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'We need to snap out of it': The Fed is being misled - again - by inflation numbers, says professor behind popular recession predictor

By Aarthi Swaminathan

The Federal Reserve has achieved its goal of getting inflation under control, even if the official gauge shows otherwise, Duke finance prof says

The U.S. Federal Reserve is being misled by inflation data and is potentially making a big mistake, a professor who developed a widely used recession indicator told MarketWatch.

Campbell Harvey, a finance professor at Duke University who developed the yield-curve recession indicator, said that the consumer-price index doesn't accurately reflect price changes and that the Fed should not rely on it to make policy decisions. Doing so could derail the U.S. economy, he said.

"It is simple to me. Inflation is already within the 2% preferred range," Harvey told MarketWatch in a phone interview. "Their policy of 'wait, wait, wait, then drip, drip, drip' greatly increases the chance that we fumble the soft landing that everyone wants. The Fed should cut sooner rather than later."

On Tuesday, the federal government released the consumer-price index report for January, which showed that shelter inflation - which refers to the cost of rental units, homes and hotels - rose 0.6% on a monthly basis and was up 6% over the last 12 months.

The Fed's measures of inflation are heavily weighted toward shelter costs, which include not just home prices based on sales, but also the amount of rent that owner-occupied housing could fetch if it had tenants. Shelter represents about 40% of the core CPI reading.

Private-sector data about housing costs tell a different story than the CPI data does. For instance,'s measurement of asking rents found that rent prices have dropped for eight months in a row, according to Danielle Hale, chief economist at

According to Harvey, inflation data collected by the government is "stale" because it lags behind data from private sources by as much as a year. One company that tracks rent inflation said its measurement shows changes in rents a few months before they show up in CPI numbers.

"The real-time data is what we should be basing our decisions on," Harvey said. "Shelter inflation is not 6%. I don't know anybody that would believe that it is 6%."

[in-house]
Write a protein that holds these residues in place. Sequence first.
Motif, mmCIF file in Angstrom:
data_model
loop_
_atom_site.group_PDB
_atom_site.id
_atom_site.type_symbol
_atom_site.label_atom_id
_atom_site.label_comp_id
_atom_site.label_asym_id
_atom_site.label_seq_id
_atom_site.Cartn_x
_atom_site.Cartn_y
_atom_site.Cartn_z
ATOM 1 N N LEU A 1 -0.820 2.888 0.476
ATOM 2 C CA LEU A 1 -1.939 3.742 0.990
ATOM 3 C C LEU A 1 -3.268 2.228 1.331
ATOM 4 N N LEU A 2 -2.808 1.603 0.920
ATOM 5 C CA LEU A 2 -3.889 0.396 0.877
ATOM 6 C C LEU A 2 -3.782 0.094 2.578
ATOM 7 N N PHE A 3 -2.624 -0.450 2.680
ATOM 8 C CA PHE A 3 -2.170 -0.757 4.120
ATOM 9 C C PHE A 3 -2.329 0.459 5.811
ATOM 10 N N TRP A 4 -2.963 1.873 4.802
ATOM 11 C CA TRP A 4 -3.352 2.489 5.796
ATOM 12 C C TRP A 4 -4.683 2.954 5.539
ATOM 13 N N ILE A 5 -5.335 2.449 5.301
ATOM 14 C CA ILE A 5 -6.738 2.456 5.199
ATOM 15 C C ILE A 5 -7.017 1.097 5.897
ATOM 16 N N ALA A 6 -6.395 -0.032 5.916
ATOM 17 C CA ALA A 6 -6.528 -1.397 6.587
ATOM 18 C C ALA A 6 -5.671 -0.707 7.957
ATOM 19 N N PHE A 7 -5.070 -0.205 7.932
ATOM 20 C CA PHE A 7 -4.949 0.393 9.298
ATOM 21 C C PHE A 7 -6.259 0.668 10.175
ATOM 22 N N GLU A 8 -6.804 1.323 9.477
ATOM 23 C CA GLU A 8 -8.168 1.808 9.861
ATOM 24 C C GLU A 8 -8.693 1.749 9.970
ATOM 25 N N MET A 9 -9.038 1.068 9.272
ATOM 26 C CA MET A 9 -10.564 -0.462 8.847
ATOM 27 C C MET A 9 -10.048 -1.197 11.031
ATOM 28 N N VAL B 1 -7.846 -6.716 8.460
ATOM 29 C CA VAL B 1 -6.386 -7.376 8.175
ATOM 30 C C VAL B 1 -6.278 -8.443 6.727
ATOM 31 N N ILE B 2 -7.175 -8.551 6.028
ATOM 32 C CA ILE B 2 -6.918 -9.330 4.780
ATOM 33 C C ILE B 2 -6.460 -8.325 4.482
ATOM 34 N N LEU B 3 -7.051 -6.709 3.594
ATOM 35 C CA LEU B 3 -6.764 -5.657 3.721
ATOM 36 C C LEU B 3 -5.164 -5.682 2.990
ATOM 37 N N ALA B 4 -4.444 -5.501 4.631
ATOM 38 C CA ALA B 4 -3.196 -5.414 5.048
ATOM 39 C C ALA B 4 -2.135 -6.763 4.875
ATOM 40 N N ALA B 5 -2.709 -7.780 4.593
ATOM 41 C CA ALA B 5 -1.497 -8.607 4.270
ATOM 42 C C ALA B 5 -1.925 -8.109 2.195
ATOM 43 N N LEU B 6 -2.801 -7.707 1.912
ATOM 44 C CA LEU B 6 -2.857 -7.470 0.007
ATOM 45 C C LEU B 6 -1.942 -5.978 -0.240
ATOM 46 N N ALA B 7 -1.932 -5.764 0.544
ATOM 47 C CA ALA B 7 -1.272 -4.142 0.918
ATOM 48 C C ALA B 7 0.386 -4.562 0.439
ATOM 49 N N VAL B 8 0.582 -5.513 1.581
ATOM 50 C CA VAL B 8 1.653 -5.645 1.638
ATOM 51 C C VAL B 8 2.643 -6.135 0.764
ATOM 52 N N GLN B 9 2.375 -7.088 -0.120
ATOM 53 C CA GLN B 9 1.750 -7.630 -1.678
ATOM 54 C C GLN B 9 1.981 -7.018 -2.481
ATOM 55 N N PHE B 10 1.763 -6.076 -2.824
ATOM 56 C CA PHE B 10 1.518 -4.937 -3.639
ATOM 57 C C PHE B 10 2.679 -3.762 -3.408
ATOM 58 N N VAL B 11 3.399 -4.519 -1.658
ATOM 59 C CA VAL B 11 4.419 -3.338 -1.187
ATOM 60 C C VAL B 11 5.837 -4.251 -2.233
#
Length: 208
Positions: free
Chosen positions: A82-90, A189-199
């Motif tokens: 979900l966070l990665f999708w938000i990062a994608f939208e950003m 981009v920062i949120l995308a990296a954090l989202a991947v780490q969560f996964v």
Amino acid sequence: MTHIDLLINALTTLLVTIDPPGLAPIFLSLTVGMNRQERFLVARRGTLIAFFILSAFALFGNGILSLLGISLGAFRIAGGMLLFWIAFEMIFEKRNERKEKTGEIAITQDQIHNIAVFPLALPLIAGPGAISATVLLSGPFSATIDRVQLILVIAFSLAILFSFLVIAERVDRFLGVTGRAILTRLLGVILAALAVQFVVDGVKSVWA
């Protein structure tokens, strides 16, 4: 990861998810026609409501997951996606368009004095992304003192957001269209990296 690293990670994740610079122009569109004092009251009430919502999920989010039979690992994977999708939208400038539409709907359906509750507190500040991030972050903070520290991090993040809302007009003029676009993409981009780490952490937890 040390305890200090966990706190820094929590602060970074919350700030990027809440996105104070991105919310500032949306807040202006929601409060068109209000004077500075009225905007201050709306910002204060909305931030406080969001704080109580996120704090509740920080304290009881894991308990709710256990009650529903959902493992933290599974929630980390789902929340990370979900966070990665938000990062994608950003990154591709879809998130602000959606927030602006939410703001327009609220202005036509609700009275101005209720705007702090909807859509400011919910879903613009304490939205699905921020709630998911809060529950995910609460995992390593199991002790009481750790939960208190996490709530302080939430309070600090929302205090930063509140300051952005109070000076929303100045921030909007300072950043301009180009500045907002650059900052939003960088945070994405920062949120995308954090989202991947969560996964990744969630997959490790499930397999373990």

The real-estate industry is puzzled by the CPI data. "One big source of stubbornness to further calmness is that housing shelter inflation is rising at 6%. That's a bit of a mystery since apartment rents are no longer rising and single-family rent growth is at low single-digits," Lawrence Yun, chief economist at the National Association of Realtors, said in a statement.

Not relying on more current data has significant implications for monetary policy and the direction of the U.S. economy, Harvey said. When the Fed hiked interest rates last year, Harvey told MarketWatch that the central bank could potentially lead the U.S. economy into a recession because of its reliance on an outdated inflation gauge. So far, the recession that many economists predicted hasn't come to pass.

The Fed has a target inflation rate of 2%, but the CPI showed that the cost of living rose 3.1% over the last 12 months.

"All the hikes in 2023 were justified by inflation being outside the comfort zone. ... It's the same mistake and we know that higher rates are not good for economic growth," Harvey said.

"It increases the cost of capital, it means less investment, it means higher borrowing costs. All of this is anti-growth," he added. "So we need to snap out of it."

Harvey pioneered the idea that an inverted yield curve is a recession indicator, with the curve's inversion showing the yield on three-month Treasurys rising above the rate on the 10-year Treasury note BX:TMUBMUSD10Y. Longer-term Treasurys typically have higher yields than shorter-term U.S. government debt, and the inversion of that relationship historically has predicted economic contractions.

-Aarthi Swaminathan

This content was created by MarketWatch, which is operated by Dow Jones & Co. MarketWatch is published independently from Dow Jones Newswires and The Wall Street Journal.


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02-13-24 1530ET

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